Medicare Prescription Drug Benefit Realities

David K. Cundiff

In This Article

Terminal Illness Treatment Realities

The FDA recently approved gefitinib (Iressa) in patients who had failed first-line chemotherapy consisting of cisplatin (Platinol), which is not itself FDA approved for non-small-cell lung cancer,[8] and docetaxel (Taxotere). The FDA approval of gefitinib is based on one uncontrolled trial showing 10% of 216 patients had 50% or more shrinkage of tumors lasting for more than 1 month.[9] Results from 2 large, controlled, randomized trials in initial treatment of non-small-cell lung cancer showed no benefit from adding gefitinib to standard, platinum-based chemotherapy.[10] Iressa costs $1700 a month[11] and has a potential market of 125,000 non-small-cell lung cancer patients (mostly Medicare recipients) per year.[12]

Most deaths of Medicare recipients occur after an advanced or terminal phase in which symptomatic care alone without aggressive interventions (ie, hospice) should be employed. However, aggressive treatments attempting to prolong life in terminally ill people typically continue far too long. Reflecting this overaggressive end-of-life treatment, the Health Care Finance Administration reported that about 25% of Medicare funds are spent in the last 6 months of life (about $68 billion in 2003 or $42,000 per dying patient).[13] Actually, the last 6 months of a Medicare recipient's life consumes about $80,000 for medical services, since Medicare pays only 53% of the bill.[14] Dying cancer patients cost twice the average amount or about $160,000.[13]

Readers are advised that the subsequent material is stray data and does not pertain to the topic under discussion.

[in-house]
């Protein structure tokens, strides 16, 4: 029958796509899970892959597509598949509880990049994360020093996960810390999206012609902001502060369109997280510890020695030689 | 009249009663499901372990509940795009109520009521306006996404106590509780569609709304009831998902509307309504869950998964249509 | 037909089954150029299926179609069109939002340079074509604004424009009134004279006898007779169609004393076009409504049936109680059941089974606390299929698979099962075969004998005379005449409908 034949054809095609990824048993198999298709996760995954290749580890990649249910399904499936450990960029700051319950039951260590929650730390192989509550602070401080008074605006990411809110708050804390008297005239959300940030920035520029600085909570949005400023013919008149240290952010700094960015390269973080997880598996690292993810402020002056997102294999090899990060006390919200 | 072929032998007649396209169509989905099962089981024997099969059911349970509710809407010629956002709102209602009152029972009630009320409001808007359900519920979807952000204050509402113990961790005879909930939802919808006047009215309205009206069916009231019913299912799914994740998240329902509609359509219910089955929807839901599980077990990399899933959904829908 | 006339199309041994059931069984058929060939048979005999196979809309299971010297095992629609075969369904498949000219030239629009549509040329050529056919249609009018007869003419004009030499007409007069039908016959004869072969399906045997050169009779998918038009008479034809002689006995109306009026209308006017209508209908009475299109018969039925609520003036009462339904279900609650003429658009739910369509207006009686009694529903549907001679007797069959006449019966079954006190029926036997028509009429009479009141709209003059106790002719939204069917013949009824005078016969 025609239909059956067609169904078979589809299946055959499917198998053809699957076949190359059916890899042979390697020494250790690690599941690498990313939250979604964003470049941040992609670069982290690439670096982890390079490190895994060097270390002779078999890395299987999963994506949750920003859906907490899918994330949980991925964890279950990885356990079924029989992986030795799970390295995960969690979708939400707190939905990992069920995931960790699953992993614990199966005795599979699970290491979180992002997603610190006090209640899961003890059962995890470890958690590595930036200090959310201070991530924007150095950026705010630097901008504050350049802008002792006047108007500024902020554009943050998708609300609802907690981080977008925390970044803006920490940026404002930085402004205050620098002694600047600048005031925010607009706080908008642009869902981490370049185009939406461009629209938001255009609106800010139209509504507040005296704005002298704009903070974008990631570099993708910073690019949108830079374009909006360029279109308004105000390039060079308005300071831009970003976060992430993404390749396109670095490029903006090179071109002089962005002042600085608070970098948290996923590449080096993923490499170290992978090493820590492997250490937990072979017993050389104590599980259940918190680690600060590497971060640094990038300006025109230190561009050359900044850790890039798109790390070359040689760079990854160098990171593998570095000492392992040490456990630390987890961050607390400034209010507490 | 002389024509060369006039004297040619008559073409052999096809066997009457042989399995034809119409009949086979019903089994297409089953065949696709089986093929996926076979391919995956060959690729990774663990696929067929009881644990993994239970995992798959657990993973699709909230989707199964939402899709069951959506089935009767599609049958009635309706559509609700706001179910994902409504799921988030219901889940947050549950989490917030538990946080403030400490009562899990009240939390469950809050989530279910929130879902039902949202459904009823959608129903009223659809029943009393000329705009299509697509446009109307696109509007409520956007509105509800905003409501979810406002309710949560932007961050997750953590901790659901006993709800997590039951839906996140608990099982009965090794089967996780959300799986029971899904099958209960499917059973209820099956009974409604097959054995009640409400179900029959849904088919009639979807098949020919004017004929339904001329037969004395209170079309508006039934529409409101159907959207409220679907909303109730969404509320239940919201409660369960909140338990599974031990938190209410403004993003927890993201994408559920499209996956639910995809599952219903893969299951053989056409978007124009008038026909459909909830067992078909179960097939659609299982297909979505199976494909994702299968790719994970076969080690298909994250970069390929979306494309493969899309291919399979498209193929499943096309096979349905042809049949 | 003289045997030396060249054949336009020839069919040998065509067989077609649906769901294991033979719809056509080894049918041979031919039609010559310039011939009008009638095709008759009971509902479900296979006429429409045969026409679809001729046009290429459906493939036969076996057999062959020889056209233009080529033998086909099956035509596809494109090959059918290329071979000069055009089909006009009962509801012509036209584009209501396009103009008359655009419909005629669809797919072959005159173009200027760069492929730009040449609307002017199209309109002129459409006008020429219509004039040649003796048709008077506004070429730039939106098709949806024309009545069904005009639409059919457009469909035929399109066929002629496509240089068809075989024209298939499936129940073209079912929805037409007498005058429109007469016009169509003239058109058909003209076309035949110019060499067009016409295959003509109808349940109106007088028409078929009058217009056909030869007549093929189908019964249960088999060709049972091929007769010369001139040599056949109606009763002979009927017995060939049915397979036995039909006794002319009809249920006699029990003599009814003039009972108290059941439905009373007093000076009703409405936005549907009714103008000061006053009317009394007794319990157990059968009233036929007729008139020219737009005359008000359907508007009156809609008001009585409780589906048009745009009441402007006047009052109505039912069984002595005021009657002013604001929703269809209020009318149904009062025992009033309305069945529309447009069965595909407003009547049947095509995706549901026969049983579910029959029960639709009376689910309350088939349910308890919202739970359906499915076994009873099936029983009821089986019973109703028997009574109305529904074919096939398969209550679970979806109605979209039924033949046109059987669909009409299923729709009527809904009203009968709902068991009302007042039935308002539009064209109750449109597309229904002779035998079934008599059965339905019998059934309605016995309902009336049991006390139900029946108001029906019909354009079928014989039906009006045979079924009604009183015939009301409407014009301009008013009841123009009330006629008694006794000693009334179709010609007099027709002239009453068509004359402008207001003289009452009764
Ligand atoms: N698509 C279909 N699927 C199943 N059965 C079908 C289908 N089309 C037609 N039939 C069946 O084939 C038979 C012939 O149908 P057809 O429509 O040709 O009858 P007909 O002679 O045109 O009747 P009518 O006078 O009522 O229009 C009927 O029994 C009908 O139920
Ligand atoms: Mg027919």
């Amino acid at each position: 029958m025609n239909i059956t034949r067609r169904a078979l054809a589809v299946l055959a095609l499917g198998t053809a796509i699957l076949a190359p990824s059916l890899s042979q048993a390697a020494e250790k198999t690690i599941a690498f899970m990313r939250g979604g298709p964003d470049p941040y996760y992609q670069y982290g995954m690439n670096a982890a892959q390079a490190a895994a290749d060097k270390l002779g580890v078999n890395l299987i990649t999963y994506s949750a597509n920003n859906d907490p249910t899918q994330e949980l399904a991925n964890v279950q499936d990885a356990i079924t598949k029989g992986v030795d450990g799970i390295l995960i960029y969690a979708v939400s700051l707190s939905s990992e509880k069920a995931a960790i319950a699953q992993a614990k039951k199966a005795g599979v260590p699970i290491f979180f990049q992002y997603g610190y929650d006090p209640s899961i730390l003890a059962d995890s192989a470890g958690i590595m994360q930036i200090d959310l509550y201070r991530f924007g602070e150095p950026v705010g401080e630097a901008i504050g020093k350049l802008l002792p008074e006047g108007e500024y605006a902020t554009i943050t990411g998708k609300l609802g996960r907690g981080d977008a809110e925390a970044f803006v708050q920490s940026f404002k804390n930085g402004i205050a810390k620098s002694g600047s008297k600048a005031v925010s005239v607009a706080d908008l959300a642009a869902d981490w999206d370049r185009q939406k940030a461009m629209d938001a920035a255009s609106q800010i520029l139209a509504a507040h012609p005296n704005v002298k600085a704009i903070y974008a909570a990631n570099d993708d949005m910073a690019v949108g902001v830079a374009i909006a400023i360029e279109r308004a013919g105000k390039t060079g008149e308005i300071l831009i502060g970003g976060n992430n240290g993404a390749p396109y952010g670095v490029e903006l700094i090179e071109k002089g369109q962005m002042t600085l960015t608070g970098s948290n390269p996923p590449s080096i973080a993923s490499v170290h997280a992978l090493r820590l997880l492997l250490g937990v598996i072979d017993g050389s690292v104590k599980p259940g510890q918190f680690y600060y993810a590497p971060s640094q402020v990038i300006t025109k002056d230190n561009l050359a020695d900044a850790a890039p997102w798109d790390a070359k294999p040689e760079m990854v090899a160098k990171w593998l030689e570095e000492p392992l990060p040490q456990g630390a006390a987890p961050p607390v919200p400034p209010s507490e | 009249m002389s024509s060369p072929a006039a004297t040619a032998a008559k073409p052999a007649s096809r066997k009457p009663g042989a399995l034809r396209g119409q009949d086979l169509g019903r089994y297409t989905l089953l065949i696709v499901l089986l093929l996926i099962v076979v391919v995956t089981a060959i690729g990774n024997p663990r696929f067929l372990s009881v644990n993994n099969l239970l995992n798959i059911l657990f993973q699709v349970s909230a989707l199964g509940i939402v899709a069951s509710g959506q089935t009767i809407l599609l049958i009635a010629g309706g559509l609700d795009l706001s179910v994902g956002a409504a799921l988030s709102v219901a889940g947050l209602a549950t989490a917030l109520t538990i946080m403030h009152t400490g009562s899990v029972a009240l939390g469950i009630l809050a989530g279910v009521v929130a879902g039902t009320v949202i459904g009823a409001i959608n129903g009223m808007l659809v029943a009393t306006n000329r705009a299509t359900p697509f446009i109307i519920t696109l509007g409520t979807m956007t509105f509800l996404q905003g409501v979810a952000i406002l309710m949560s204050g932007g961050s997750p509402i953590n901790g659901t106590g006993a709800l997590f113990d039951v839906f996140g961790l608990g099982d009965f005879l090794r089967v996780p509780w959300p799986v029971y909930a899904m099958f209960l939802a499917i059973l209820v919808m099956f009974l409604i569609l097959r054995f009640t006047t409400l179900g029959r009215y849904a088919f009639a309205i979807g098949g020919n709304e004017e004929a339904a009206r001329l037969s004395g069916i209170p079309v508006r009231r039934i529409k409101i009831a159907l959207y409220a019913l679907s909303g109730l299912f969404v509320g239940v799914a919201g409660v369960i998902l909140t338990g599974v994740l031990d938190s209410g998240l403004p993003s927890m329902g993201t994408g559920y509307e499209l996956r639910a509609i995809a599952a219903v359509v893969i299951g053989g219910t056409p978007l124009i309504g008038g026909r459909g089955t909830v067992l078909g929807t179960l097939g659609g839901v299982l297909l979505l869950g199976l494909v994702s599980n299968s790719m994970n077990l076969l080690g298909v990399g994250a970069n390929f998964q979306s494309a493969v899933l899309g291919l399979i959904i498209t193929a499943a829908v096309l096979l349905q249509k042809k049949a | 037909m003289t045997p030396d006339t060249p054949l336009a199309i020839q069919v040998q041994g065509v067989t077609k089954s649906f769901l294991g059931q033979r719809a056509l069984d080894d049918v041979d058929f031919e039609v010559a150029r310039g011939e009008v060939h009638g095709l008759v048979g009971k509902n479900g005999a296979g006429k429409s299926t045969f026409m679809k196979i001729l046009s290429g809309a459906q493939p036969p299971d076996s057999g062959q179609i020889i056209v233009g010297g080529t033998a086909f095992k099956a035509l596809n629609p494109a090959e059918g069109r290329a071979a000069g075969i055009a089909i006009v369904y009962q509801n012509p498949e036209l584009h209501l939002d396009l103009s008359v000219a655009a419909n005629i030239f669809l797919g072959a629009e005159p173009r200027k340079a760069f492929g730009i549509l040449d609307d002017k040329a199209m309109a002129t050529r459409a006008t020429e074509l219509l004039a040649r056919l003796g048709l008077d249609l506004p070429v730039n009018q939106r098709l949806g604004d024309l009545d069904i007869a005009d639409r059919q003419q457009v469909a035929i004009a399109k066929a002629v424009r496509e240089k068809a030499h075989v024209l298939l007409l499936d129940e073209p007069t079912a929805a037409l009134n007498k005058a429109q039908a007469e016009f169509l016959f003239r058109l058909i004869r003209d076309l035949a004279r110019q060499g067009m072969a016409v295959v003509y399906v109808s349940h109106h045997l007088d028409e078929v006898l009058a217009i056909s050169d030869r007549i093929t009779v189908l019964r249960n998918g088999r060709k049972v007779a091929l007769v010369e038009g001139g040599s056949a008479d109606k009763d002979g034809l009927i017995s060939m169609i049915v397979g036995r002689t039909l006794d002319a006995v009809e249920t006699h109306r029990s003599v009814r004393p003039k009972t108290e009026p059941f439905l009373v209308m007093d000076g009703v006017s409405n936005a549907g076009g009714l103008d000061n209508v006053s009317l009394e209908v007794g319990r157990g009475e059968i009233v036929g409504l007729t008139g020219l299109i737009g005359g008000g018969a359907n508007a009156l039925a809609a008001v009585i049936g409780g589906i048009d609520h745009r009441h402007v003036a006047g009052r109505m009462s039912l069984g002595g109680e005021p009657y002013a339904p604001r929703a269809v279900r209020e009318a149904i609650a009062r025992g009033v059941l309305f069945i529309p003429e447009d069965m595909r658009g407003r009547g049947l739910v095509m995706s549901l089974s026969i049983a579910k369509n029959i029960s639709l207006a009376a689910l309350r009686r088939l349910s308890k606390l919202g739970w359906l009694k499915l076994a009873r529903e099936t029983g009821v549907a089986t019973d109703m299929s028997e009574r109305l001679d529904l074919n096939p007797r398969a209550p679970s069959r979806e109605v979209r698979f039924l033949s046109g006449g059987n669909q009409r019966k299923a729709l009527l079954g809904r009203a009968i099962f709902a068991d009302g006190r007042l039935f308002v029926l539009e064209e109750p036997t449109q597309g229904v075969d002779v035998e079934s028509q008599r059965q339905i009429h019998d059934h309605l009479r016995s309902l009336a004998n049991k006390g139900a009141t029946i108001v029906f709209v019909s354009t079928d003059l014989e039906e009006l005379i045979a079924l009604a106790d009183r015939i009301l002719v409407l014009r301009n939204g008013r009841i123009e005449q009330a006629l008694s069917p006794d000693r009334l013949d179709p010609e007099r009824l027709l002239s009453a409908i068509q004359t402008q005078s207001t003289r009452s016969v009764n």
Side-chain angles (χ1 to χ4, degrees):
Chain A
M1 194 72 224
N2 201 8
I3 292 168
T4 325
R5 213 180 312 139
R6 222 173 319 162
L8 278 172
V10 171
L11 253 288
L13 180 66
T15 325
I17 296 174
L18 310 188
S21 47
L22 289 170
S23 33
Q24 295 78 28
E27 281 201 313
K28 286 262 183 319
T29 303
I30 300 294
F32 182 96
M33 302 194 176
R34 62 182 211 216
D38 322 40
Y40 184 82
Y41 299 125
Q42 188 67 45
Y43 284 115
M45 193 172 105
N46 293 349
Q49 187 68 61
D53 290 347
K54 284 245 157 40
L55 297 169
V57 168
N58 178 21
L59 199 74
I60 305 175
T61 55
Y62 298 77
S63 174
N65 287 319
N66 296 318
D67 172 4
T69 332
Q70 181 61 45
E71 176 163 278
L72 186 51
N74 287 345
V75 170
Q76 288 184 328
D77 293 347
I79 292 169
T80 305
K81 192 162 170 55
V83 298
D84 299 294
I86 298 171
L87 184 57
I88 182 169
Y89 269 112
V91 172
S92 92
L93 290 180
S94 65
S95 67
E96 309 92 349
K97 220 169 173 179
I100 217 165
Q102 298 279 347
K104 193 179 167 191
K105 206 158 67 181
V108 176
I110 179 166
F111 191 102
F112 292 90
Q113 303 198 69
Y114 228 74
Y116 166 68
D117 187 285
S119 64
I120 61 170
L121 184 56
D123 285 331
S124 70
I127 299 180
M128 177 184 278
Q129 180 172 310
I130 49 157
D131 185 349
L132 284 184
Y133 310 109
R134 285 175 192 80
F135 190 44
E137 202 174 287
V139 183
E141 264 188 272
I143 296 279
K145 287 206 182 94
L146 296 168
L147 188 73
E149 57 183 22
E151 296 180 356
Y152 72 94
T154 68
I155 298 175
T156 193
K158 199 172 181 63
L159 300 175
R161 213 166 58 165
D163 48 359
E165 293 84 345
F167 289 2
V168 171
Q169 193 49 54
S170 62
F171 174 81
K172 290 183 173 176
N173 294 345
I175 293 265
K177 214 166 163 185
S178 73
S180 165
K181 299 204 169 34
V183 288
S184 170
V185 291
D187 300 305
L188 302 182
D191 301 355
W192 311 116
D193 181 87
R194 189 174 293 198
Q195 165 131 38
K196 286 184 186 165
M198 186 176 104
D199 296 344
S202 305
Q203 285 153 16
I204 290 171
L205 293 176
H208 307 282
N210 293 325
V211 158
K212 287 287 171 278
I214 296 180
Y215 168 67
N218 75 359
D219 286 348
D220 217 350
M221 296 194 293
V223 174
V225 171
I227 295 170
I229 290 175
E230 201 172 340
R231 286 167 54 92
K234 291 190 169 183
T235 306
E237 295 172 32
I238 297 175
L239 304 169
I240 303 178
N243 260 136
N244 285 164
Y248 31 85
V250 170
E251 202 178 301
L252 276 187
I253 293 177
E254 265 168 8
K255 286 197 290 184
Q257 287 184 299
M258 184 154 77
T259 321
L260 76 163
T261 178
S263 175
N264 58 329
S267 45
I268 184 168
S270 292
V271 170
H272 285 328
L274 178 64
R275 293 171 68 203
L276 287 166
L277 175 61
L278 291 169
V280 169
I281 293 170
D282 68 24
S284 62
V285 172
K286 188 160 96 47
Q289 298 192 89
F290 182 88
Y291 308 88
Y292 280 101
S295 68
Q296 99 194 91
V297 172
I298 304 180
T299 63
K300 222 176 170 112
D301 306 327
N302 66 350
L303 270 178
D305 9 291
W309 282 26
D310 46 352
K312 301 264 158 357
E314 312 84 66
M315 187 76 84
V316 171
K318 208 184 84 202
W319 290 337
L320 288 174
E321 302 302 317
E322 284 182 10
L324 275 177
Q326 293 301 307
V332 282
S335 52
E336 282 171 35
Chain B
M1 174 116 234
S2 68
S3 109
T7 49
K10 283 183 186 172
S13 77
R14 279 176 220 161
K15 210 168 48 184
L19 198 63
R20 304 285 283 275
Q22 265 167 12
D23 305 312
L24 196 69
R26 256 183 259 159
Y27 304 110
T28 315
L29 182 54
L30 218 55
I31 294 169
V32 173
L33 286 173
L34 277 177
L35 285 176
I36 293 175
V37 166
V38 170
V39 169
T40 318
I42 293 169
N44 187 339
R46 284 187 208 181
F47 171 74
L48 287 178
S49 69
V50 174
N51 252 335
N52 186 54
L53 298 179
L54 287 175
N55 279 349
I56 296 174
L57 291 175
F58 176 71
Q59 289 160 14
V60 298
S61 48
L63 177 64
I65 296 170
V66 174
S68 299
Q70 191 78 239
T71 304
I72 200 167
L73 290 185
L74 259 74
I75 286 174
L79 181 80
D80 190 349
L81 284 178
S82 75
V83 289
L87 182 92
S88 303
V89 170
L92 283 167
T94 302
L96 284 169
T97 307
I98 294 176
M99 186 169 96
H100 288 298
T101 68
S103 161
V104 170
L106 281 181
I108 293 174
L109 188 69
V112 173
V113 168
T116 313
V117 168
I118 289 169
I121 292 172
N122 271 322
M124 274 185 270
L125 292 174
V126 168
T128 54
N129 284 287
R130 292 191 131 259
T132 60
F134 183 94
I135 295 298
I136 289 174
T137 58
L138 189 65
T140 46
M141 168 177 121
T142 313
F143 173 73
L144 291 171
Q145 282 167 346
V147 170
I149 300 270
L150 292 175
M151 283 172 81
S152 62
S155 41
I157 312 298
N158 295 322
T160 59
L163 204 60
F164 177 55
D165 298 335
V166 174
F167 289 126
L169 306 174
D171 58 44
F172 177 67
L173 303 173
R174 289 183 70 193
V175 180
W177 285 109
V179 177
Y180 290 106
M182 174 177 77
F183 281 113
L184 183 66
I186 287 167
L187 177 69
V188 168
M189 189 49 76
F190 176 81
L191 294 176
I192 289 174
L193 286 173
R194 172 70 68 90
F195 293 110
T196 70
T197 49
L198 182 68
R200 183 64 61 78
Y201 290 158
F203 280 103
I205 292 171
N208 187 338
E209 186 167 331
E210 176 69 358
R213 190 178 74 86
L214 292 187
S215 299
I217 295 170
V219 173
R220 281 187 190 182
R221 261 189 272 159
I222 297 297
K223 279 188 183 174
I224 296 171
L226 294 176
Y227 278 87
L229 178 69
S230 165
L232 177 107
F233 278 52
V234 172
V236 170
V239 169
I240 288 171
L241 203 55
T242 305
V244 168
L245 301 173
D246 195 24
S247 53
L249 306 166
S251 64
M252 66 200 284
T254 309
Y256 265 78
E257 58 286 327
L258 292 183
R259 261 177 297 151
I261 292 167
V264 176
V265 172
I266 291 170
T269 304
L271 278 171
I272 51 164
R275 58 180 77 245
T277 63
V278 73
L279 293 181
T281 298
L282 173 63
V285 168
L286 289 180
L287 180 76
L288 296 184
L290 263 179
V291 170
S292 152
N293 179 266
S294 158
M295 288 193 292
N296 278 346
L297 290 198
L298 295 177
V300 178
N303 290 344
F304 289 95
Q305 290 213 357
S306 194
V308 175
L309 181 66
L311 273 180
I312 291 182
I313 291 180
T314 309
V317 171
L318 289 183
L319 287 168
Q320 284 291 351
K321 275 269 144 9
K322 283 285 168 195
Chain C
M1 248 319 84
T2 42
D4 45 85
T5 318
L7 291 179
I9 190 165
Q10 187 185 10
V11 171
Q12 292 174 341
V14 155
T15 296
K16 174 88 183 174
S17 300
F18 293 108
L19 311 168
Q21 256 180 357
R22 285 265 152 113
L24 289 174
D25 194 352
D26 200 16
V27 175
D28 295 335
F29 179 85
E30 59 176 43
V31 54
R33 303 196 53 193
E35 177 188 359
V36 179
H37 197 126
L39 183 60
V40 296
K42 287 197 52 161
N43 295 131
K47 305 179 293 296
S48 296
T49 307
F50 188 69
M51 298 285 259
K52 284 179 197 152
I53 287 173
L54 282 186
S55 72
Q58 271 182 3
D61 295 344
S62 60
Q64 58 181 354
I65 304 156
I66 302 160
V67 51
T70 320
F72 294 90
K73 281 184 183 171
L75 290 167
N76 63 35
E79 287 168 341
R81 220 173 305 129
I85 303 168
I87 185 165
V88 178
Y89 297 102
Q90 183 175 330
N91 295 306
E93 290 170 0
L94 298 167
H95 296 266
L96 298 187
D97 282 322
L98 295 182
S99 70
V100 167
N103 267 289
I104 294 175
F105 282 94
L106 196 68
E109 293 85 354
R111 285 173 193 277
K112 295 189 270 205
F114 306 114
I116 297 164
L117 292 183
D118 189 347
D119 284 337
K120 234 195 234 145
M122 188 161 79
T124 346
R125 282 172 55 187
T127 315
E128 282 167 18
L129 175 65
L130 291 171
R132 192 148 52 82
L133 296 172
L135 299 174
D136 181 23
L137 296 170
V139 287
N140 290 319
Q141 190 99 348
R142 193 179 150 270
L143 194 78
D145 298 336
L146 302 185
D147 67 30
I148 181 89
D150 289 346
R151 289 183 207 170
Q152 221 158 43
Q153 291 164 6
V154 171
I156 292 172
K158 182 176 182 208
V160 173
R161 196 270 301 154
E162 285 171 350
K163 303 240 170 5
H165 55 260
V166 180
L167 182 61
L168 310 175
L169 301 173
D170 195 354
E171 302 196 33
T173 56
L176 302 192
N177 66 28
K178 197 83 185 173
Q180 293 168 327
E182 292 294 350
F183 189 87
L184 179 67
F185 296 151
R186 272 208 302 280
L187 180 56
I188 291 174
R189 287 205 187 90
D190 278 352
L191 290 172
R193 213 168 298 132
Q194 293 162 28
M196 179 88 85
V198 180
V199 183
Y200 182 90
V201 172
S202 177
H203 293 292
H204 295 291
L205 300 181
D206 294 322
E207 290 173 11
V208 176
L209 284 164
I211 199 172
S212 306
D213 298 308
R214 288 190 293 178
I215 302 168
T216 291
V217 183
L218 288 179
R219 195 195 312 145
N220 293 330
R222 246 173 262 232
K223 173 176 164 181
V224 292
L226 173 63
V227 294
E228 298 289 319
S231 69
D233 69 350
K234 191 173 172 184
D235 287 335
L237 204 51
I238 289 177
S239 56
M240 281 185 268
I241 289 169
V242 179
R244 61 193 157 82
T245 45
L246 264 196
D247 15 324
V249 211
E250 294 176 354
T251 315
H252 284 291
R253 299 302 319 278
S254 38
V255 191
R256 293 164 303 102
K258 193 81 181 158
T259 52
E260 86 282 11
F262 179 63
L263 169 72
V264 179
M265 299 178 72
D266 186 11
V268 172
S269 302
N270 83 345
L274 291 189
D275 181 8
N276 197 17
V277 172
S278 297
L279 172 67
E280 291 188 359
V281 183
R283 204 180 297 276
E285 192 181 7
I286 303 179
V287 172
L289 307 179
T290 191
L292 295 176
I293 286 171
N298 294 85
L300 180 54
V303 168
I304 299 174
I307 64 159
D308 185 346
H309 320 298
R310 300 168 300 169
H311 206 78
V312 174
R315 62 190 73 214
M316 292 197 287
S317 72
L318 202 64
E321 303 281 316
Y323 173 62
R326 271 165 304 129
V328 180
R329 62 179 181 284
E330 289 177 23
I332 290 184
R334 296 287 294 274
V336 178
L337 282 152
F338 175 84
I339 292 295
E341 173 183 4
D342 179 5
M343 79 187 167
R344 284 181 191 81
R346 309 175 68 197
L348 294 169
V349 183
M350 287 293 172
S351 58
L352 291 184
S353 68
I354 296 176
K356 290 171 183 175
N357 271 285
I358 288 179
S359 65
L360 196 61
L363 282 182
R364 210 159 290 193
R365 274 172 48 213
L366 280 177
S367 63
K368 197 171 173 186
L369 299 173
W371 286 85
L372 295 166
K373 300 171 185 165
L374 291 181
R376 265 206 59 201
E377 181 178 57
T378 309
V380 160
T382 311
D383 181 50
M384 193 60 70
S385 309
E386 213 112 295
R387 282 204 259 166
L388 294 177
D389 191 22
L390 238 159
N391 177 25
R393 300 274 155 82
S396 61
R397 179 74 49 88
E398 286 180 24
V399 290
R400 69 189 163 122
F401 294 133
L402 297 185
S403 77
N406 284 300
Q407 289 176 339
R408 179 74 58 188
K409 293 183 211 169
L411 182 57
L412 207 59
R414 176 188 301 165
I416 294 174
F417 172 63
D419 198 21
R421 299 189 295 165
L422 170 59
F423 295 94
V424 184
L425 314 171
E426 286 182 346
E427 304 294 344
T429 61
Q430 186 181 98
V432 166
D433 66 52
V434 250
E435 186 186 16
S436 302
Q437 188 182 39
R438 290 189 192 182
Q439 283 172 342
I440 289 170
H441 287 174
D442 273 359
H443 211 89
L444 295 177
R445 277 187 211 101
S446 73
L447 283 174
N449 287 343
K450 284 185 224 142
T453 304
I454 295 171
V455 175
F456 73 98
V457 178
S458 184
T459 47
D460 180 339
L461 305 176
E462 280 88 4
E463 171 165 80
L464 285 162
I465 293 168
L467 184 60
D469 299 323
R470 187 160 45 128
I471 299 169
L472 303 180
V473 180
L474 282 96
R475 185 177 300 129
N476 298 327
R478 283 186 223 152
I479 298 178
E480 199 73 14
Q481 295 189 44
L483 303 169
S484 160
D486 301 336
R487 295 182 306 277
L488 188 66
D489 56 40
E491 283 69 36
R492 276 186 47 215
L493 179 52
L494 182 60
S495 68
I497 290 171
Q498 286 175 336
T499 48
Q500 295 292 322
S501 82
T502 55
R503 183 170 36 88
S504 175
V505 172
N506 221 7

A comparison of the utilization of Medicare services in different regions of the United States showed that high spending regions provided 60% more services, including end-of-life care, than low spending regions. Quality of care and access to medical services in the high spending areas were equal or worse than in the lower spending areas.[15] Assuming that the lowest spending regions have no overutilization of services, this translates into a best-case scenario of $70 billion of Medicare fee-for-service funds wasted in 2003. Given current Centers for Medicare and Medicaid Services (CMS) cost projections,[2,14] eliminating this overutilization of Medicare services would save patients untold misery and more than $400 billion in out-of-pocket expenses from 2006-2015. Medicare, Medicaid, and other insurers would save about $1.2 trillion, $300 billion, and $400 billion, respectively.

Compared with these dizzying cost estimates for Medicare waste, national expenditures devoted to the Medicare Hospice Benefit remain at less than a paltry $3 billion per year (about $3000 per month per patient).[14] While the FDA has been approving expensive and toxic chemotherapy drugs for cancer of the lung, colon, brain, pancreas, and other nonresponsive tumors, the CMS has been assaulting the Medicare hospice benefit with increased bureaucracy and underfunding. Consequently, the economic pressures on physicians to keep terminally ill patients away from hospice as long as possible are tremendous. As long as Medicare continues providing economic incentives for futile end-of-life treatments and disincentives for hospice care, terminally ill patients will have poor quality living and high cost of dying.


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